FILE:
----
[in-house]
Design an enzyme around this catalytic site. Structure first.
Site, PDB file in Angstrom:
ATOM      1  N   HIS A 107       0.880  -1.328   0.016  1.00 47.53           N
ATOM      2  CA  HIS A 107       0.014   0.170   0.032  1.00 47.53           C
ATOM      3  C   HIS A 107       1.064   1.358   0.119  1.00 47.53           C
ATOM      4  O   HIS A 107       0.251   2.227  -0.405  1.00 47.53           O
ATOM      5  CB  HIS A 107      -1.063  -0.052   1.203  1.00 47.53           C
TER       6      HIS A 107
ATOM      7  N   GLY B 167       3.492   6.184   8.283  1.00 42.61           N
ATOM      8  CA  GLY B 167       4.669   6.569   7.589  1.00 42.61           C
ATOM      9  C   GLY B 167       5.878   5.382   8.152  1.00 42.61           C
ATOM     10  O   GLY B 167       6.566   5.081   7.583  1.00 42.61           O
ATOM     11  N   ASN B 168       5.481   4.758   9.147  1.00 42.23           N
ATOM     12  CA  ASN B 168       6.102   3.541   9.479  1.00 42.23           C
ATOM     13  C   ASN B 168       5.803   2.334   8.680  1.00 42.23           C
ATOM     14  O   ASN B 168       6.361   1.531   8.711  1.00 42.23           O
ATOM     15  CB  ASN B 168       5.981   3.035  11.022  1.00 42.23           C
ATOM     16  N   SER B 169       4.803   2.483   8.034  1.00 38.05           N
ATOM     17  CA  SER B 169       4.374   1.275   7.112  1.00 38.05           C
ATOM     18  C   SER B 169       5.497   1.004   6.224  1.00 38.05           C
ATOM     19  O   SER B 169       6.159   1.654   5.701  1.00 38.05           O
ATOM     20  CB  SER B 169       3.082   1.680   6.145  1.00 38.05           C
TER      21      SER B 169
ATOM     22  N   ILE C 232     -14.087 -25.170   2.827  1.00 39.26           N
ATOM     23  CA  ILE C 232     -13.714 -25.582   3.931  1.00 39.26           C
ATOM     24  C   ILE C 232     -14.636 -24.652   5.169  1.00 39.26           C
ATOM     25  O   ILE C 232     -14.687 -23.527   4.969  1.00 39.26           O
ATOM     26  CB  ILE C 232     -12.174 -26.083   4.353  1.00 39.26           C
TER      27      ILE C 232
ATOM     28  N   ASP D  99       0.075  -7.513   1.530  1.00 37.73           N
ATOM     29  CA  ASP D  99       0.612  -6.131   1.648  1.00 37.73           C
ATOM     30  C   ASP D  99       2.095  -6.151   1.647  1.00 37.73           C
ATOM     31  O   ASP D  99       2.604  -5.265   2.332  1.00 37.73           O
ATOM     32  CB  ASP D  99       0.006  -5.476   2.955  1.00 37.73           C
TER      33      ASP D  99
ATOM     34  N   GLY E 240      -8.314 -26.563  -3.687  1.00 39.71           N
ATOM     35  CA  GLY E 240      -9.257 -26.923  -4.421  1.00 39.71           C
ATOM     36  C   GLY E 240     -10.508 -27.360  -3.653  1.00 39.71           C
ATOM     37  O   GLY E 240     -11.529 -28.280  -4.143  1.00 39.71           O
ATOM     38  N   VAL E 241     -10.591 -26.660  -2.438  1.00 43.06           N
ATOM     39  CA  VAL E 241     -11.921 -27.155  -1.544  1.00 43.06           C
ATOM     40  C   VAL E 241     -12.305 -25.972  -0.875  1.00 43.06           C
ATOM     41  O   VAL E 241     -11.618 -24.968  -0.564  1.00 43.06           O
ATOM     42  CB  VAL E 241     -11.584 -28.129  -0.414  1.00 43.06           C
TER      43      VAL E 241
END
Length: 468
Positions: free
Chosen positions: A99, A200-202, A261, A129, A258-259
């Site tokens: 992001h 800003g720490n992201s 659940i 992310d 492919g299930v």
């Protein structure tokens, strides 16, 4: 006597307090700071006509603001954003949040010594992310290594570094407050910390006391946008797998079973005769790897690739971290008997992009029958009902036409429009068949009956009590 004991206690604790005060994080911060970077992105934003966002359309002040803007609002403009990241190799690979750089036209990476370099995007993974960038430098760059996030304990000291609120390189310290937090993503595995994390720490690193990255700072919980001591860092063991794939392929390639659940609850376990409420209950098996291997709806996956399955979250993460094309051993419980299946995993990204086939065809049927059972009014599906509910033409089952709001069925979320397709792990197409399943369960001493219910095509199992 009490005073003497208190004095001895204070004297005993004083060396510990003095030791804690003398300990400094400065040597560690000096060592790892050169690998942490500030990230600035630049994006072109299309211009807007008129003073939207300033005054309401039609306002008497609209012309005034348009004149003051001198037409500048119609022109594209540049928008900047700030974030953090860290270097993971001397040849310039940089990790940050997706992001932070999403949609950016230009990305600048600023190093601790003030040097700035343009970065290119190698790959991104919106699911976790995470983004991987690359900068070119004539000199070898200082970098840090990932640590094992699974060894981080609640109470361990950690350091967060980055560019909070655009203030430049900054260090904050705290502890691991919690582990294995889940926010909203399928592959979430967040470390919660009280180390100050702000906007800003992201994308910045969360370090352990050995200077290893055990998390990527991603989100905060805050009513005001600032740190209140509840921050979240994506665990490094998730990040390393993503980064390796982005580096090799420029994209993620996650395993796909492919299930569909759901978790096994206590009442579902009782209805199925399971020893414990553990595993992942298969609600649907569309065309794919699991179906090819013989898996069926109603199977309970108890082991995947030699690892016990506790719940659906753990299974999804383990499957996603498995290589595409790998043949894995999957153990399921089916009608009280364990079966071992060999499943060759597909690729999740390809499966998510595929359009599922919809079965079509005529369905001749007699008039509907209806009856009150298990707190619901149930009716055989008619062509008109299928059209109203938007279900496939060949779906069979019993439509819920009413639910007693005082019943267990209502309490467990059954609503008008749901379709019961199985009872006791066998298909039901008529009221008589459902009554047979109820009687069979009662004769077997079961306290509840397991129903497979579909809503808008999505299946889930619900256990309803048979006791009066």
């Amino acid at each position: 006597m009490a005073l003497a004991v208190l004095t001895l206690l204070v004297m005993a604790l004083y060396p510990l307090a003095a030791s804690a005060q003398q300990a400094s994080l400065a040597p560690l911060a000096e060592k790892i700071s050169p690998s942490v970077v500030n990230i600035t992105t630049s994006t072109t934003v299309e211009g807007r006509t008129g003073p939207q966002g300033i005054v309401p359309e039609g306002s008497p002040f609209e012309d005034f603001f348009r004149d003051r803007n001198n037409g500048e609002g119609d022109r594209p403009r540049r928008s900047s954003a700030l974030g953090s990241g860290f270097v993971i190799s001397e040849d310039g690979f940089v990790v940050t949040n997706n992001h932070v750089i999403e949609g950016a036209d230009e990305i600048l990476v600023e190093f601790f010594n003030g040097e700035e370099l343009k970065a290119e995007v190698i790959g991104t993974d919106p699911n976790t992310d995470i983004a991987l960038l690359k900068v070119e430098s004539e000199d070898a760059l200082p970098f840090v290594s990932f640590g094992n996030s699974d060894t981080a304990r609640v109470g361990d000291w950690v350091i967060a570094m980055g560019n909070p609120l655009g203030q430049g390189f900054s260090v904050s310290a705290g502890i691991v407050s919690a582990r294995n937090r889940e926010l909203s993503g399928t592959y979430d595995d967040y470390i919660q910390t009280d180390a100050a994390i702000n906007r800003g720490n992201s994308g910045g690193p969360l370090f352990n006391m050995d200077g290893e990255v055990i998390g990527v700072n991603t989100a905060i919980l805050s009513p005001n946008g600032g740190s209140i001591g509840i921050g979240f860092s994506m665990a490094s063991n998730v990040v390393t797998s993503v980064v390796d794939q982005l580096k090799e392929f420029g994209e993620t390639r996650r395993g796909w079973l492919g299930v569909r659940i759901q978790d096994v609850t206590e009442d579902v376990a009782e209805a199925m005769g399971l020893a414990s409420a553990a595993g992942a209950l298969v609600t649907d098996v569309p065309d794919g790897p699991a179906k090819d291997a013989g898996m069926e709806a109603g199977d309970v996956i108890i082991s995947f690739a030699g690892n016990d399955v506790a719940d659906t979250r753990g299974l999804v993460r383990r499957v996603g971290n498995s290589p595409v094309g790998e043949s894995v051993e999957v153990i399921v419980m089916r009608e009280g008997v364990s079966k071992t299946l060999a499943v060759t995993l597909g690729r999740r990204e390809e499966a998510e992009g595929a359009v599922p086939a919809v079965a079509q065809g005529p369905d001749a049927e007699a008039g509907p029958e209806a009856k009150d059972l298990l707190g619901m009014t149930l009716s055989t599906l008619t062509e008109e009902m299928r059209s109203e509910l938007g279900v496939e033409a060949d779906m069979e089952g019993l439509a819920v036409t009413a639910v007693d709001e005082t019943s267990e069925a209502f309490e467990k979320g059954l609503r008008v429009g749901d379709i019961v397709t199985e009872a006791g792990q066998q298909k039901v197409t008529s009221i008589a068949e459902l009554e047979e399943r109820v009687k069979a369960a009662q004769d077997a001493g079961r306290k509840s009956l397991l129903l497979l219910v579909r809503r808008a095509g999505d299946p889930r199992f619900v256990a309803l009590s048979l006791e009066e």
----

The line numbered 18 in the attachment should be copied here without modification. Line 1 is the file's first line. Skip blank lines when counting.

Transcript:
ATOM     15  CB  ASN B 168       5.981   3.035  11.022  1.00 42.23           C